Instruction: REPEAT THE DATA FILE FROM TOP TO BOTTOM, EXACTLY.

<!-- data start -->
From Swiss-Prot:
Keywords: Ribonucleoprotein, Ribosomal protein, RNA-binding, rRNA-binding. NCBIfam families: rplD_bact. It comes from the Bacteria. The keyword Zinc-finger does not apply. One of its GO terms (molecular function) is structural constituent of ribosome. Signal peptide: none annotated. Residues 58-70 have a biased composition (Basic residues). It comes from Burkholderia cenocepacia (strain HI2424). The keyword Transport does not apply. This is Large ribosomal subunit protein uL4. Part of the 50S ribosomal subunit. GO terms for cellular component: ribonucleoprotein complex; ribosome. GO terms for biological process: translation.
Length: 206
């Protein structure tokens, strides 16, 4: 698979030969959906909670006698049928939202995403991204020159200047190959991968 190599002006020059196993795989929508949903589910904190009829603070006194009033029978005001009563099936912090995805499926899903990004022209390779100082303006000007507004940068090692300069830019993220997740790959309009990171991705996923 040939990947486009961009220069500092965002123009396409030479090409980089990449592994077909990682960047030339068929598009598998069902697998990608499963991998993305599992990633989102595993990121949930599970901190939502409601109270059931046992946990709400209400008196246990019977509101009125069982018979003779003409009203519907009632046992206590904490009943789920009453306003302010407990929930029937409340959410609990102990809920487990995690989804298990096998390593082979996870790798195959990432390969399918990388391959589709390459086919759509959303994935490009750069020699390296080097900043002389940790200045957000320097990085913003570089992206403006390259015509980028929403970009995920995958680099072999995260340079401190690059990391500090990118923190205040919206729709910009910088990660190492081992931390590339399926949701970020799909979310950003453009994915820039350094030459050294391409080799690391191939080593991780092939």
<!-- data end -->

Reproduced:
From Swiss-Prot:
Keywords: Ribonucleoprotein, Ribosomal protein, RNA-binding, rRNA-binding. NCBIfam families: rplD_bact. It comes from the Bacteria. The keyword Zinc-finger does not apply. One of its GO terms (molecular function) is structural constituent of ribosome. Signal peptide: none annotated. Residues 58-70 have a biased composition (Basic residues). It comes from Burkholderia cenocepacia (strain HI2424). The keyword Transport does not apply. This is Large ribosomal subunit protein uL4. Part of the 50S ribosomal subunit. GO terms for cellular component: ribonucleoprotein complex; ribosome. GO terms for biological process: translation.
Length: 206
């Protein structure tokens, strides 16, 4: 698979030969959906909670006698049928939202995403991204020159200047190959991968 190599002006020059196993795989929508949903589910904190009829603070006194009033029978005001009563099936912090995805499926899903990004022209390779100082303006000007507004940068090692300069830019993220997740790959309009990171991705996923 040939990947486009961009220069500092965002123009396409030479090409980089990449592994077909990682960047030339068929598009598998069902697998990608499963991998993305599992990633989102595993990121949930599970901190939502409601109270059931046992946990709400209400008196246990019977509101009125069982018979003779003409009203519907009632046992206590904490009943789920009453306003302010407990929930029937409340959410609990102990809920487990995690989804298990096998390593082979996870790798195959990432390969399918990388391959589709390459086919759509959303994935490009750069020699390296080097900043002389940790200045957000320097990085913003570089992206403006390259015509980028929403970009995920995958680099072999995260340079401190690059990391500090990118923190205040919206729709910009910088990660190492081992931390590339399926949701970020799909979310950003453009994915820039350094030459050294391409080799690391191939080593991780092939």